Valentino and Le Ragazze
“It’s called couture because nothing is done with a machine” explains master couturier and famed fashion designer Valentino Garavani, when speaking about his current exhibition “Valentino: Master of Couture” on view at London’s Somerset House until March 3, 2013.
Haute couture, by definition, refers to designs made completely by hand. In the couture houses of Paris the workers are referred to as les mains, which literally means “the hands.” Though in Valentino’s storied Roman atelier at Palazzo Mignanelli, each garment is constructed by le ragazze, which from Italian translates to “the girls.”
“The girls” are, in reality, “the white-coated expert technicians who painstakingly hand-craft each garment, many of who have been with Valentino for decades, are also part of his family” says Somerset House’s Claire Caterall in the book “Valentino: Master of Couture, A Private View.”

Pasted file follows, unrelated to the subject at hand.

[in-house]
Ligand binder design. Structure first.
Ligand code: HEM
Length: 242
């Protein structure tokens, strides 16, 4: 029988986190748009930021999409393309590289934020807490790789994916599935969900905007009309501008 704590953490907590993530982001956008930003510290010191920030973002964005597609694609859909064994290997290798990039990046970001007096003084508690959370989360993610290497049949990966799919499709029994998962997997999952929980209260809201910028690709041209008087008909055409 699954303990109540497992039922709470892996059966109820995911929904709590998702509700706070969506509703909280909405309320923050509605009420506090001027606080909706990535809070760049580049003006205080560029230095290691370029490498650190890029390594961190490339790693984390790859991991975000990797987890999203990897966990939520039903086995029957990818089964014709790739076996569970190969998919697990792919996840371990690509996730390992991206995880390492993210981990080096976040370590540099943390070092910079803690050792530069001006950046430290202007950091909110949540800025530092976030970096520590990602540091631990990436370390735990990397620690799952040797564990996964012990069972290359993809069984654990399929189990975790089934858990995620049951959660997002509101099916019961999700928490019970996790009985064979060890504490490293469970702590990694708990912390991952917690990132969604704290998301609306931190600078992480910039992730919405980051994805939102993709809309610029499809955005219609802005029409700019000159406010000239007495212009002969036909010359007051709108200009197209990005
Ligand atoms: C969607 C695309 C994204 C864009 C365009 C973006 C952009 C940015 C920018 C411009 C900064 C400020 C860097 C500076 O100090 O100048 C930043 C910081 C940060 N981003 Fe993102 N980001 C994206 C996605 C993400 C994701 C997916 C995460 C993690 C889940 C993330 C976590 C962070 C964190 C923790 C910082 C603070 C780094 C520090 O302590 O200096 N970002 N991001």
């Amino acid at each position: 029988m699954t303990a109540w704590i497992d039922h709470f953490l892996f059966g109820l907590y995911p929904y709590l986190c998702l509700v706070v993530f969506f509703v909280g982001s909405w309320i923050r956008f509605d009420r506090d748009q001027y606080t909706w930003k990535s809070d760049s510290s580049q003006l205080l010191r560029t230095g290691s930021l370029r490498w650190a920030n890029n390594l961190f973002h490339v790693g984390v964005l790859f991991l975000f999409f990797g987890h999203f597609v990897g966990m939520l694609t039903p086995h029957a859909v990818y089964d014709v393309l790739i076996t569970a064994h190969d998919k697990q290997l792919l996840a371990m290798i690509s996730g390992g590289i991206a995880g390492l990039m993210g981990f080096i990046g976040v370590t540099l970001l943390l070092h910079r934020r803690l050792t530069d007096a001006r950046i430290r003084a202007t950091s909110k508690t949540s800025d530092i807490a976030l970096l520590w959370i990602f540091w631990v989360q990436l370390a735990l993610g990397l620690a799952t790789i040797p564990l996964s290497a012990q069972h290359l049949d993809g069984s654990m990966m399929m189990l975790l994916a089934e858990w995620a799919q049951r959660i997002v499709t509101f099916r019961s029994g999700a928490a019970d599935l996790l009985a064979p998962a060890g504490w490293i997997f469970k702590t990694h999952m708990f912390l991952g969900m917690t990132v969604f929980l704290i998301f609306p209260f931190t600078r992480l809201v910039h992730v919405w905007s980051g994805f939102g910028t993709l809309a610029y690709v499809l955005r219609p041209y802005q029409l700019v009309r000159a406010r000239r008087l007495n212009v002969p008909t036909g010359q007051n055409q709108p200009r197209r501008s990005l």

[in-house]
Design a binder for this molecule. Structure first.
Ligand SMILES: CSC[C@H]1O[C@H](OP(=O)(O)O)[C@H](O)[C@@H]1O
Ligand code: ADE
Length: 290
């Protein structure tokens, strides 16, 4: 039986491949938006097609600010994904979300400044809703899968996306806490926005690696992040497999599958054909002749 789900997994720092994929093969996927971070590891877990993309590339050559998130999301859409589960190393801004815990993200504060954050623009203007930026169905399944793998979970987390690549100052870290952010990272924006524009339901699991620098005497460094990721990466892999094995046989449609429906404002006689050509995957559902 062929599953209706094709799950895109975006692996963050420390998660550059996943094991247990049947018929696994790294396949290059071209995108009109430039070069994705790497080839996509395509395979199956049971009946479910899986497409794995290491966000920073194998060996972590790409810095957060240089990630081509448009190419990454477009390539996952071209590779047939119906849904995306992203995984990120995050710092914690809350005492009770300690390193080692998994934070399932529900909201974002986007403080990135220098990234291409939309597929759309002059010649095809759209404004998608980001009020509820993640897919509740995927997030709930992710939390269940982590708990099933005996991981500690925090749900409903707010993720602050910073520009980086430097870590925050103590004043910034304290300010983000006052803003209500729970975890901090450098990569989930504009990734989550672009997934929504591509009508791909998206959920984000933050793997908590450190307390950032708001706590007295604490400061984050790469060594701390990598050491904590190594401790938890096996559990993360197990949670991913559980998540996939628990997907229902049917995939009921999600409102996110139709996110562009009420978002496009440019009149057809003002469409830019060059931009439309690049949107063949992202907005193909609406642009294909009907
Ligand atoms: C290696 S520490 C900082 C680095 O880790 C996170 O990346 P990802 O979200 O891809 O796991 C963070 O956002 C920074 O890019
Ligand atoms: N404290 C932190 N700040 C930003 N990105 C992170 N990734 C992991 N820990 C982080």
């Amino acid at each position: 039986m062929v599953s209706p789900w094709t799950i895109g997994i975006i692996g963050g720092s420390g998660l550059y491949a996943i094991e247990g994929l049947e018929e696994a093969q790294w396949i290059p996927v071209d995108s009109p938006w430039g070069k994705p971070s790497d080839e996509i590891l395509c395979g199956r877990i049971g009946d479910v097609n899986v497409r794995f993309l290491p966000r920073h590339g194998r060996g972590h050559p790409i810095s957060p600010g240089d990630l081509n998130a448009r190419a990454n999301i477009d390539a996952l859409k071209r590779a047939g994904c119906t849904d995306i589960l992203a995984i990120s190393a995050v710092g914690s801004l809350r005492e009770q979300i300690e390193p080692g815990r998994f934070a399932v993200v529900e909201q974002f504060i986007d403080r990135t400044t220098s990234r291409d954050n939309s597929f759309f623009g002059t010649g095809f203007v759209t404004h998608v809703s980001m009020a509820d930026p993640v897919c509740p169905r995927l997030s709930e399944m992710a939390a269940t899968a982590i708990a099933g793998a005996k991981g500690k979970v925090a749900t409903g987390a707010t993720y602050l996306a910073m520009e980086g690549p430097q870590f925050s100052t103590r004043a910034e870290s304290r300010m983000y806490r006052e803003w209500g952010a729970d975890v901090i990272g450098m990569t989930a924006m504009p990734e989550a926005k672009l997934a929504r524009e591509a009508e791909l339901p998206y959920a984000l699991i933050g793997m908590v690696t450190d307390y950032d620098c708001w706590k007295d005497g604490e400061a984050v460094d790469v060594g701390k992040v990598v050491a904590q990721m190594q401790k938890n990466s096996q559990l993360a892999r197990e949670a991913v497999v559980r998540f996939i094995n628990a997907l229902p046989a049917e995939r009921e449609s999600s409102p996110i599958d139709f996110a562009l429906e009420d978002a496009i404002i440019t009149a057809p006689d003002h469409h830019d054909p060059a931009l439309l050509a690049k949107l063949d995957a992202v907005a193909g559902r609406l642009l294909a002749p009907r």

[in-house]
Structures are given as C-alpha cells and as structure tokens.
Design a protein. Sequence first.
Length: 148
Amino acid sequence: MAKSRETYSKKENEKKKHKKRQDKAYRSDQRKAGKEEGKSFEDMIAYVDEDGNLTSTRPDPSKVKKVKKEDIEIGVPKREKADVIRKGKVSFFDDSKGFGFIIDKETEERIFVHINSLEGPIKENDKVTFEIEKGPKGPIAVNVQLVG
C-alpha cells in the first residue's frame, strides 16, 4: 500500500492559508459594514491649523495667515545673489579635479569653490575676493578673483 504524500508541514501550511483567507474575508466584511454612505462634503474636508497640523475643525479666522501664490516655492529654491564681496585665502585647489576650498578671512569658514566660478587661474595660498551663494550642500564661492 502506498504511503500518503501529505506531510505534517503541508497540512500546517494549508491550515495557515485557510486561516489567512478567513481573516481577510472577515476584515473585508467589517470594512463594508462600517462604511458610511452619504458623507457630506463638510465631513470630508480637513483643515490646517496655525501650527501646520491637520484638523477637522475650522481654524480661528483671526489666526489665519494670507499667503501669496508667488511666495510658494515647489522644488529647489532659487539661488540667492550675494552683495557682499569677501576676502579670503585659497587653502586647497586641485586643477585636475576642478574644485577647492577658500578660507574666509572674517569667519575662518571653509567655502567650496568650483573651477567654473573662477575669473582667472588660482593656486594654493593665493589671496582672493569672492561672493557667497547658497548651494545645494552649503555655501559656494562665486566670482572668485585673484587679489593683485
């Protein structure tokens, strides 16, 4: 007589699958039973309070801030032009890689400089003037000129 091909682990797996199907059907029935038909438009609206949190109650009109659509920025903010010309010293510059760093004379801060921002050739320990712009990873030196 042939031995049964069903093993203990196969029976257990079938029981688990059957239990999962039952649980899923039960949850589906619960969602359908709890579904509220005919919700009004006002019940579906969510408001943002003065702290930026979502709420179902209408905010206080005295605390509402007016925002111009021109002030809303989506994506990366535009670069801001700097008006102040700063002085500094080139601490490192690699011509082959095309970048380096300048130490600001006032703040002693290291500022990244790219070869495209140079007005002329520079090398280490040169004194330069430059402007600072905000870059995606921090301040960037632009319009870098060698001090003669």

It is through le ragazze that the age-old couture techniques are practiced and perfected, taking a Valentino sketch and beautifully, yet painstakingly, bringing the designer’s creation to life, stitch, by stitch, by stitch.
It has been said that somewhere in Valentino’s atelier there is a pile of sewing machines, untouched and gathering dust. Couture is “like a sculpture that is done in the body of the lady,” adds Valentino. And like the sculpture of David, eyes toward Rome, carved by hand, there are no machines involved in creating Valentino’s masterpieces. Rather, each was sculpted with care by le ragazze.